Jimmy Lai, prominent lawyer Chow Hang-tung and journalist Gwyneth Ho were among 24 activists charged over their participation in a banned Tiananmen candlelight vigil last year.

Lai, Chow and Ho are among dozens of activists already behind bars facing separate prosecutions under a national security law.
Lai, Chow and Ho are among dozens of activists already behind bars facing separate prosecutions under a national security law. (Reuters)

Jailed Hong Kong media mogul Jimmy Lai has been convicted along with two other campaigners for taking part in a banned Tiananmen vigil as the prosecution of multiple activists came to a conclusion.

Lai, the 74-year-old owner of the now-shuttered anti-Beijing Apple Daily newspaper, was found guilty of unlawful assembly charges on Thursday alongside former journalist Gwyneth Ho and prominent rights lawyer Chow Hang-tung.

Authorities had charged more than two dozen politicians and activists over a vigil last year, which commemorated the victims of Beijing's deadly Tiananmen crackdown in 1989, which left thousands of people dead.

The trio were the only ones to contest their charges in court, meaning they were the last to receive their verdict. They argued they went to light candles in a personal capacity and had not "incited" others to join an outlawed rally.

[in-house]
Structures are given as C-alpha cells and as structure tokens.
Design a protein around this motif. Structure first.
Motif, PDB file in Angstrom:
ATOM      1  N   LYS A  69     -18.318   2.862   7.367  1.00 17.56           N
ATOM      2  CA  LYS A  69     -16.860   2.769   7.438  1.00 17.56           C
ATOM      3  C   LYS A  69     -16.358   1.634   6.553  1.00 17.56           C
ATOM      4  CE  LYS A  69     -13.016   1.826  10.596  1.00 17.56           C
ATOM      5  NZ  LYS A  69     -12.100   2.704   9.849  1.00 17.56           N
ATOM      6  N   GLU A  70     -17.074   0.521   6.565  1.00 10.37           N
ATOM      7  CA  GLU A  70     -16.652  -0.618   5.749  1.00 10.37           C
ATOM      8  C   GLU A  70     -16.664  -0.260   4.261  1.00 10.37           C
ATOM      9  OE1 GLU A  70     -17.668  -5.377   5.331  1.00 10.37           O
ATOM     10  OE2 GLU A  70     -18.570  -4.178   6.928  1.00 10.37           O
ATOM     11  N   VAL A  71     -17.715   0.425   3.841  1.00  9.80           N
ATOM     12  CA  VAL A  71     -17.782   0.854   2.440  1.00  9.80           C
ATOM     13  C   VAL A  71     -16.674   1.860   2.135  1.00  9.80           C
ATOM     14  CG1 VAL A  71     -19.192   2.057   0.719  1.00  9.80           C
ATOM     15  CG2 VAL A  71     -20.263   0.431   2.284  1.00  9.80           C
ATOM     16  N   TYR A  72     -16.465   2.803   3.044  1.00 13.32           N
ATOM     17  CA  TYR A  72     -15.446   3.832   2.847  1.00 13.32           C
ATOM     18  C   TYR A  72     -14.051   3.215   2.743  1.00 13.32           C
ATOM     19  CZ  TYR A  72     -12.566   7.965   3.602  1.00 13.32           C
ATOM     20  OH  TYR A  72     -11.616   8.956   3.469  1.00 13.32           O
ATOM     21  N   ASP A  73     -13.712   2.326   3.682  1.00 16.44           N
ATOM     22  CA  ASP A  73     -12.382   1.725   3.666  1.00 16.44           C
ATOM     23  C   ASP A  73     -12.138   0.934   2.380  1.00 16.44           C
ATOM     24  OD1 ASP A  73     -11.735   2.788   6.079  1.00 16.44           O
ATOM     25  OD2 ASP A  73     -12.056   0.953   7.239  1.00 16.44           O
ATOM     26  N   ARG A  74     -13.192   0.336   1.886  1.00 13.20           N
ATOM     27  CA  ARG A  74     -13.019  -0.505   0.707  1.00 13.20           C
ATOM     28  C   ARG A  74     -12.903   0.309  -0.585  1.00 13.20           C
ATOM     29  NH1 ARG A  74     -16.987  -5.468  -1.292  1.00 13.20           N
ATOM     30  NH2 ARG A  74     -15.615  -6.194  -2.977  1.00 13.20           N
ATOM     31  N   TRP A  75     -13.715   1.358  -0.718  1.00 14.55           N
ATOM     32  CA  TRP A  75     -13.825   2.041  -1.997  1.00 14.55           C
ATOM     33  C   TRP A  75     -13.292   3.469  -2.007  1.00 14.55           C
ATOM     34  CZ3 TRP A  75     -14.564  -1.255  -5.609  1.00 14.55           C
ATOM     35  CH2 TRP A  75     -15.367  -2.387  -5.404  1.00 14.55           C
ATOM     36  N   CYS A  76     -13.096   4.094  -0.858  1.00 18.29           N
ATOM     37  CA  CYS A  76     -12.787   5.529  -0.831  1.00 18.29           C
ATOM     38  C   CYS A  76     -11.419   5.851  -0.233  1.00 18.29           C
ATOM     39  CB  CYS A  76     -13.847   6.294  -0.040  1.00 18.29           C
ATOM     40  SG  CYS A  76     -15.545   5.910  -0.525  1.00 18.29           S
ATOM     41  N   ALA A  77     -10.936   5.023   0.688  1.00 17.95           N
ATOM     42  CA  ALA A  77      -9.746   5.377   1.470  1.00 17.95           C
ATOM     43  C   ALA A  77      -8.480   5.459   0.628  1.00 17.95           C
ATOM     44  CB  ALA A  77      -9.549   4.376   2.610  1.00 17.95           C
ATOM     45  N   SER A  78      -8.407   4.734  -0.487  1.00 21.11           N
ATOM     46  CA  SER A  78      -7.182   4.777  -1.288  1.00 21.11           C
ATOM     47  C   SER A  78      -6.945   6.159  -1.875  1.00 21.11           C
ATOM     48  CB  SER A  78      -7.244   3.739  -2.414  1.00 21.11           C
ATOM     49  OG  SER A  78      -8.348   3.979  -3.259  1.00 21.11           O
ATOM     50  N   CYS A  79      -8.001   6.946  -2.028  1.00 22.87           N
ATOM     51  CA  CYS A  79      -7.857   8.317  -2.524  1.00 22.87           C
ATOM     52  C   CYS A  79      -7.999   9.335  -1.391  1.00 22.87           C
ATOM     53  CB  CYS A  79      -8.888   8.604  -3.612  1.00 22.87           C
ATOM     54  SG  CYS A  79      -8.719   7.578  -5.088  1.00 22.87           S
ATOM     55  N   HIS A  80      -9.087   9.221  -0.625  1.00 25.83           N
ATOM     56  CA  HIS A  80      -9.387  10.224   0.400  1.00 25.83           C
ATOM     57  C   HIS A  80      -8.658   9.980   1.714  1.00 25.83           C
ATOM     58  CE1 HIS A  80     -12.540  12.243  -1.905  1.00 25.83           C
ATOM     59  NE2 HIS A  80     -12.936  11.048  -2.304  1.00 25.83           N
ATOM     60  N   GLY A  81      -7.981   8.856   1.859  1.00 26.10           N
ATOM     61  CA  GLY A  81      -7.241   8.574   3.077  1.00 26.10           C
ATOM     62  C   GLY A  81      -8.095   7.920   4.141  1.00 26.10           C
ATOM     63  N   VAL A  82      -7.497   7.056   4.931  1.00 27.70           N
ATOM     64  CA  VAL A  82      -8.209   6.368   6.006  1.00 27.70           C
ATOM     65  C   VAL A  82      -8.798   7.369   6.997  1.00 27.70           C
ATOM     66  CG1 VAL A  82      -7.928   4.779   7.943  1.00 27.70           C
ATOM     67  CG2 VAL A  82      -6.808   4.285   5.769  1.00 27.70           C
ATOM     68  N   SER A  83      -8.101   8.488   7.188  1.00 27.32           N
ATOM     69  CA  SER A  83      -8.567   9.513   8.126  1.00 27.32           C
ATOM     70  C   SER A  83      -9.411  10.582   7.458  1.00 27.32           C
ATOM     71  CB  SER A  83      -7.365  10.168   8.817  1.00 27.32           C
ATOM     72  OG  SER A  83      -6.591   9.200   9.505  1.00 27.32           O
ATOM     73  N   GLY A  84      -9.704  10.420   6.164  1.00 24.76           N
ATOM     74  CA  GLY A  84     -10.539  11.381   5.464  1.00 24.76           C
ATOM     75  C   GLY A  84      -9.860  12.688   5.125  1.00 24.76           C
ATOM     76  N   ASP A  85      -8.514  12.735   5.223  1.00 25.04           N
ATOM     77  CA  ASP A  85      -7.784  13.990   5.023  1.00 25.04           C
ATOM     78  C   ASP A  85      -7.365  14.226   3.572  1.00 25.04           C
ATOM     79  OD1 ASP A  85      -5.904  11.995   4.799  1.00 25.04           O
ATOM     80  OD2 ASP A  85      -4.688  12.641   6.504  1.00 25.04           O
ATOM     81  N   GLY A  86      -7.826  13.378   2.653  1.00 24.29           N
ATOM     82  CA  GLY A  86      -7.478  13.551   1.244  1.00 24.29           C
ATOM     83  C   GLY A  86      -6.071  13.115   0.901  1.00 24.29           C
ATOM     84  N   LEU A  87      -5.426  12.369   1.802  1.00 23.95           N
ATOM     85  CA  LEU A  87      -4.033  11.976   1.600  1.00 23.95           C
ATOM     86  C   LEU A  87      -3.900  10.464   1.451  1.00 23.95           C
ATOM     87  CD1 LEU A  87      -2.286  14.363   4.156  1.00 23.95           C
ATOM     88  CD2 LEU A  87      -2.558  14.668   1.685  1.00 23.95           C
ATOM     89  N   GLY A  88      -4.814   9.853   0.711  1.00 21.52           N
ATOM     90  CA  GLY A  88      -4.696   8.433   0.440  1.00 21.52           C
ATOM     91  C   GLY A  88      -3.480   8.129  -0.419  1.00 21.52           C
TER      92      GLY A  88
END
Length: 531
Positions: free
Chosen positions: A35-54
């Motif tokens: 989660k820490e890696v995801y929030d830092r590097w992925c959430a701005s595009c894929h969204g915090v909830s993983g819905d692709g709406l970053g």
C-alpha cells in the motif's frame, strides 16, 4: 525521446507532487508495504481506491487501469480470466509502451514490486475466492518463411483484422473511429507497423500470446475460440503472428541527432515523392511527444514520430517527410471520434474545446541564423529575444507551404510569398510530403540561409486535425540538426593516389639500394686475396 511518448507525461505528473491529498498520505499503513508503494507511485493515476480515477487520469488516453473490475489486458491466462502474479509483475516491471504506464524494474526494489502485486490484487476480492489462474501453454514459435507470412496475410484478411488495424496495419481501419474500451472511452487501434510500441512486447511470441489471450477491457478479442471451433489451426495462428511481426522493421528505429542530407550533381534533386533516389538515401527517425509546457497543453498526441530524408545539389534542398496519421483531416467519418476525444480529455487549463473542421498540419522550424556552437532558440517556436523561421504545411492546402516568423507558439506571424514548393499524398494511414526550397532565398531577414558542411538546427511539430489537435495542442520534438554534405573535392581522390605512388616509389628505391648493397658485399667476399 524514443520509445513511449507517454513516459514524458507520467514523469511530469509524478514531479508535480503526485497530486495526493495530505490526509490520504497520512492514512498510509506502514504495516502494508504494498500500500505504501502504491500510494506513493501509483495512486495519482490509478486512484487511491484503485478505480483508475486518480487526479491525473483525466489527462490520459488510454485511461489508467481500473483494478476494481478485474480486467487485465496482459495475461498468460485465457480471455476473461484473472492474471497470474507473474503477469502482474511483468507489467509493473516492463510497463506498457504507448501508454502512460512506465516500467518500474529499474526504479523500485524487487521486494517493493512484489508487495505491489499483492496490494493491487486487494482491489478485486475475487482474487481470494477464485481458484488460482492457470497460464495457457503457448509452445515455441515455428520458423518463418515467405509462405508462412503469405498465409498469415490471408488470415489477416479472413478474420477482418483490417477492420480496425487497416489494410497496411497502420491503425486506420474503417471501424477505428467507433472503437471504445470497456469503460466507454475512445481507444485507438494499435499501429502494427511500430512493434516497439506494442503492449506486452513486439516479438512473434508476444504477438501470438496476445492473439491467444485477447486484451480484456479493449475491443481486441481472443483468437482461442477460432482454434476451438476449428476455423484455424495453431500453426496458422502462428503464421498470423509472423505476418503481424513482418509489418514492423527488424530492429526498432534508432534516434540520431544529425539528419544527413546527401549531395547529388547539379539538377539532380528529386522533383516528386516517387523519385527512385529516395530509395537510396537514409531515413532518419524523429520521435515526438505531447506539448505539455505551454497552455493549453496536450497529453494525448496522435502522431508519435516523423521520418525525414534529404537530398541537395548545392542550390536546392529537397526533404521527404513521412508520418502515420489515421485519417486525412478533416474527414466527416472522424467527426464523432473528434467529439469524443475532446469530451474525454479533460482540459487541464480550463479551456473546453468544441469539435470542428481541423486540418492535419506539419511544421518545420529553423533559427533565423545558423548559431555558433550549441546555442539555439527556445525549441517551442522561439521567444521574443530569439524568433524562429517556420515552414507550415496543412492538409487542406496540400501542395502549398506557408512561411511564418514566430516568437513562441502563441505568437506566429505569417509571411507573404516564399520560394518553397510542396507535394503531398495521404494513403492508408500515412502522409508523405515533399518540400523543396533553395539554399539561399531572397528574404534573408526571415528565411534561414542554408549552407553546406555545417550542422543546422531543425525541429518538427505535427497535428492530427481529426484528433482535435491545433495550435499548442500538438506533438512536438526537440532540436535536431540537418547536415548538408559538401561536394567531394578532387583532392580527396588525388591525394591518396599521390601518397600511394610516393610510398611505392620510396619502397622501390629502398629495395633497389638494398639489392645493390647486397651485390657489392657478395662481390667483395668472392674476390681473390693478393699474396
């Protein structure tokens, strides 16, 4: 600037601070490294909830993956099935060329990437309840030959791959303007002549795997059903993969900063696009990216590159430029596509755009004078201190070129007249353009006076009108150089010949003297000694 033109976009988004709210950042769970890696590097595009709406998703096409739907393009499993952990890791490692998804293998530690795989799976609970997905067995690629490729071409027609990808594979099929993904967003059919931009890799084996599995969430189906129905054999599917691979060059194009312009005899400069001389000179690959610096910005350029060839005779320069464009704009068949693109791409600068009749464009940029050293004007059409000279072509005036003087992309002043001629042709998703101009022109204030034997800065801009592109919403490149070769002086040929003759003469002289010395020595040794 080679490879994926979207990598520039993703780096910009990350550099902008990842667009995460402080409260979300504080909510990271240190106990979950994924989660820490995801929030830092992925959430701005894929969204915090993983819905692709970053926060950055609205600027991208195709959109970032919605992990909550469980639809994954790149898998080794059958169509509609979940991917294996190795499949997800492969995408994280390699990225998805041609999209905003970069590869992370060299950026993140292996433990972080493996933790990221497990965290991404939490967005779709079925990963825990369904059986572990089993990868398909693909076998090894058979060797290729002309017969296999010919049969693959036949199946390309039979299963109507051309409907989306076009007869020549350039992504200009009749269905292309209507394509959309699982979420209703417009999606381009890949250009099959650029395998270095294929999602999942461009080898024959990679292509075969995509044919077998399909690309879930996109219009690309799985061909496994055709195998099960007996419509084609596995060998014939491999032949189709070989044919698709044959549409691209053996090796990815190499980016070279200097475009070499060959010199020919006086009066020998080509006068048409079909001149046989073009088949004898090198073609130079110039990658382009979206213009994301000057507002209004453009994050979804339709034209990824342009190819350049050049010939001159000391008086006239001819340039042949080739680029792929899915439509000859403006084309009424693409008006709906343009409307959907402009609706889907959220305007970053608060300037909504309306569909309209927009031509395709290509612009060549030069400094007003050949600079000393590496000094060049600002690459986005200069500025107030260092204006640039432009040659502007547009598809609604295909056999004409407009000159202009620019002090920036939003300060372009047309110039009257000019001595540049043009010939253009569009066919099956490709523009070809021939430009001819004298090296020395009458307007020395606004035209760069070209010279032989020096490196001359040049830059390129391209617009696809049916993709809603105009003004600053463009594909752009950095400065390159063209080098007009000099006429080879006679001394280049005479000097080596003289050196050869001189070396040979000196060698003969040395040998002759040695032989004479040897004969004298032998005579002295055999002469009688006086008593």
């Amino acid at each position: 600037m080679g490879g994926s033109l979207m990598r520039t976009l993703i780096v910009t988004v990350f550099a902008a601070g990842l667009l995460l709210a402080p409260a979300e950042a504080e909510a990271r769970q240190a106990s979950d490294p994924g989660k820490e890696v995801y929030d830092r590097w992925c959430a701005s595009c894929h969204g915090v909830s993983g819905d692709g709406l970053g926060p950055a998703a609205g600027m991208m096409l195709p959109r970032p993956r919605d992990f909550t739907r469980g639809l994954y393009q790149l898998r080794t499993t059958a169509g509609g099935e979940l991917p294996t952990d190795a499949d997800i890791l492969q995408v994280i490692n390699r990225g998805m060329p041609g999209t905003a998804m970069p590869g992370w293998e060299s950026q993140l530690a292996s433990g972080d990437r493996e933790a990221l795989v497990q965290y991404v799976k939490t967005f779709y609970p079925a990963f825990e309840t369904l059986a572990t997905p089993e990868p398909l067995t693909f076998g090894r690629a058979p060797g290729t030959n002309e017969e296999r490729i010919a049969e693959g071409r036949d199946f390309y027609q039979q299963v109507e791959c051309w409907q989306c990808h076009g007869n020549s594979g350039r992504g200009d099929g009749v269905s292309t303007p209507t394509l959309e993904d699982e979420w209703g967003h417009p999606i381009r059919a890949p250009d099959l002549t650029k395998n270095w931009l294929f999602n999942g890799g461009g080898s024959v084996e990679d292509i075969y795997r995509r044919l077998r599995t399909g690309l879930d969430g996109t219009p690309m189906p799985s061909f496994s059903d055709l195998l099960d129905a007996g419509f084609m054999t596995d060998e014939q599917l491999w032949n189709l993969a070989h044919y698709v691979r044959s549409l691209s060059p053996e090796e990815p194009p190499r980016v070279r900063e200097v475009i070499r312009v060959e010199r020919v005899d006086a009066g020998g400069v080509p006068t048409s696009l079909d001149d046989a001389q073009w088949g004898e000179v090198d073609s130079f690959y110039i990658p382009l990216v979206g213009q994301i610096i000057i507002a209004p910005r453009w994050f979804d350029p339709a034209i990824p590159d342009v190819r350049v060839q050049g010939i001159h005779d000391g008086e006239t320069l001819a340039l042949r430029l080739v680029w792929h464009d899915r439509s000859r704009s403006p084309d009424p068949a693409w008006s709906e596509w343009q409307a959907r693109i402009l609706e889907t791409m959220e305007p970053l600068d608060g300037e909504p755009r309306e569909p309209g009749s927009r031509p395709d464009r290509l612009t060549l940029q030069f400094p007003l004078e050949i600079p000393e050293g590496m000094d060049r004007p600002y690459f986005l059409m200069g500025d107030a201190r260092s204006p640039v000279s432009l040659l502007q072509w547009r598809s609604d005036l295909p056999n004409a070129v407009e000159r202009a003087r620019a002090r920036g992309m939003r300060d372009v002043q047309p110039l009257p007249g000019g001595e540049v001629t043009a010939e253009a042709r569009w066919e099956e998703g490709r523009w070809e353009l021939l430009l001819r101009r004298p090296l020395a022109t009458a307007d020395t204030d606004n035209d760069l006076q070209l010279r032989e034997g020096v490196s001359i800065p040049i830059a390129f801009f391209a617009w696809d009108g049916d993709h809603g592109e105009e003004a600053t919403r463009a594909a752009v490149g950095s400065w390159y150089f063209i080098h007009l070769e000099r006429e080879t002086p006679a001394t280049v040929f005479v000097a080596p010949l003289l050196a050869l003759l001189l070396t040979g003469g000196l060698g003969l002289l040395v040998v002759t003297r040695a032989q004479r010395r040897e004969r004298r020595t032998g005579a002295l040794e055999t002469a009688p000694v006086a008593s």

But District Court judge Amanda Woodcock dismissed those arguments as "frankly nonsensical" and convicted them of charges including inciting and taking part in an unauthorised assembly.

Ban on Tiananmen commemorations

Lai, Chow and Ho are among dozens of activists already behind bars facing separate prosecutions under a national security law that Beijing imposed on Hong Kong last year, which criminalises any act seen as undermining the authority of the central government.

For three decades, Hong Kong's annual June 4 candlelight vigil would attract tens of thousands of people, which, with its slogans for democracy and ending one-party rule in China, became a symbol for the political freedoms enjoyed in the city.

But Beijing made it clear it will no longer tolerate Tiananmen commemorations in Hong Kong or Macau, the only two places within China where public remembrance could take place.

Previously, 16 politicians and activists, including prominent campaigner Joshua Wong, were sentenced to six to 10 months in jail over their roles in the vigil, with a few granted suspended sentences.

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Source: AFP